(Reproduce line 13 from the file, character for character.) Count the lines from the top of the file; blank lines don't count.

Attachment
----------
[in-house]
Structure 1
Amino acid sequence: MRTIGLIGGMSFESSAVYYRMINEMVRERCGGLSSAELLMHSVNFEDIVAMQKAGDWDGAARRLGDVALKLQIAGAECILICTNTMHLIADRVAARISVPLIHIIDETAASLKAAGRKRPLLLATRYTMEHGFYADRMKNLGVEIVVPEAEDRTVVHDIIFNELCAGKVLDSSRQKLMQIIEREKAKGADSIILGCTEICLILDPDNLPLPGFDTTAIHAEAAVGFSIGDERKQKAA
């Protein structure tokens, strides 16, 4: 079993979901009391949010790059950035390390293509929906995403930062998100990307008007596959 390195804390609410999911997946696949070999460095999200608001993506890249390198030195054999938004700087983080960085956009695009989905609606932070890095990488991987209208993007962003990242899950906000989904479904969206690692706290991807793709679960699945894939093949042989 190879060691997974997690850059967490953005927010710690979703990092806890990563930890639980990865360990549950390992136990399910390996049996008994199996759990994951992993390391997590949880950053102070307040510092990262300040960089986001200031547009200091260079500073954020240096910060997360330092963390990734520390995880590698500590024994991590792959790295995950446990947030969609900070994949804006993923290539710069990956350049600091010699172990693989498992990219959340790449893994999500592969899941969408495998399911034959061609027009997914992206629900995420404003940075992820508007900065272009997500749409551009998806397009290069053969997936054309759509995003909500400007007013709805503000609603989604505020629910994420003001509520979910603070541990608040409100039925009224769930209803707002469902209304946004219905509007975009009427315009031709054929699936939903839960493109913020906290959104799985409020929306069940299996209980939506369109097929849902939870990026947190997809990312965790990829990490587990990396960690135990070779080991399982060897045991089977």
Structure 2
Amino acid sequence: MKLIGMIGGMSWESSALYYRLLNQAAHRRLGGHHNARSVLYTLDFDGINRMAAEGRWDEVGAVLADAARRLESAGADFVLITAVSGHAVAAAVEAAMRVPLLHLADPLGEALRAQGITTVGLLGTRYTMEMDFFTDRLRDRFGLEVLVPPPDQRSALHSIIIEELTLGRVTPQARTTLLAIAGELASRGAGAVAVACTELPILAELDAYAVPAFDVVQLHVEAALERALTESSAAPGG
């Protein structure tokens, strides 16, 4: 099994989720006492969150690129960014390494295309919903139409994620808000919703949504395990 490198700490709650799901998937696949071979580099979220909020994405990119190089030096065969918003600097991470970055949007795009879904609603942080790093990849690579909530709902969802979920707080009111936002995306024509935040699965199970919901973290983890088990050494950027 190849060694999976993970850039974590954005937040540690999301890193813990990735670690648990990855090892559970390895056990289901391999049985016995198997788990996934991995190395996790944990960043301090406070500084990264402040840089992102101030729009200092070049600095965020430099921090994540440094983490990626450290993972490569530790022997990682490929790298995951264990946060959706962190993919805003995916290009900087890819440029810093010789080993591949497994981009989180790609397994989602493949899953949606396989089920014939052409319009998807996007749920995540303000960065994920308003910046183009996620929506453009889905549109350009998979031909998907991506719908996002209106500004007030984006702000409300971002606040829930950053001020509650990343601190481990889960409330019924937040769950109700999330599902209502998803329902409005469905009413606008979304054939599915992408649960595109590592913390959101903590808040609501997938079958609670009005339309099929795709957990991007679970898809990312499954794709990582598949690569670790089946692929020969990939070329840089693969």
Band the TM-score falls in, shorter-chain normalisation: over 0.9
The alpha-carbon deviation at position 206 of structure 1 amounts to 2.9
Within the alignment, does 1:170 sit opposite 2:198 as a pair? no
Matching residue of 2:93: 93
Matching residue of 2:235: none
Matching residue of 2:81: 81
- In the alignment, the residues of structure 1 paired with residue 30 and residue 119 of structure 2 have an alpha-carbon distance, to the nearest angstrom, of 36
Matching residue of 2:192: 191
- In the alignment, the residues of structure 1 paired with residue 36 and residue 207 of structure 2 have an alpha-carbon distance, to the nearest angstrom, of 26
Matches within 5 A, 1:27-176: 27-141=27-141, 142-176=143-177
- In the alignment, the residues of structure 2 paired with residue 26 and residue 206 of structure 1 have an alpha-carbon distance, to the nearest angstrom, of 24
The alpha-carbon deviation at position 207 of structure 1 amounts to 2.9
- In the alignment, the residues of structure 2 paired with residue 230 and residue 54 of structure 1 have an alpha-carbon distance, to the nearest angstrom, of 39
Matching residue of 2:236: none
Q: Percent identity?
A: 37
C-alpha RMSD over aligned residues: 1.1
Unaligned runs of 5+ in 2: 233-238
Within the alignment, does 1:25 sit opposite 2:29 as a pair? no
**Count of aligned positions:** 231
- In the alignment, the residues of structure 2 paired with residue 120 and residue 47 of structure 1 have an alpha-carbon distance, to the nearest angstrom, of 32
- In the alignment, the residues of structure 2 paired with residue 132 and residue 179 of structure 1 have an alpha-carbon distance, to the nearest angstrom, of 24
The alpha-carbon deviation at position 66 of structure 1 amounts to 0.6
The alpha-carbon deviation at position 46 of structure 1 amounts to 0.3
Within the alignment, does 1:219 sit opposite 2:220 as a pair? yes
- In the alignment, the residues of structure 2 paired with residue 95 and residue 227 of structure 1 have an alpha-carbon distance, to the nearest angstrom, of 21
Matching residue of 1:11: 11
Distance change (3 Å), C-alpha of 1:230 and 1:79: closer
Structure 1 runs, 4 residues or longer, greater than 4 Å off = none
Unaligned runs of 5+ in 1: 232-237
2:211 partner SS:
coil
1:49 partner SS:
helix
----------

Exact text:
Matching residue of 2:81: 81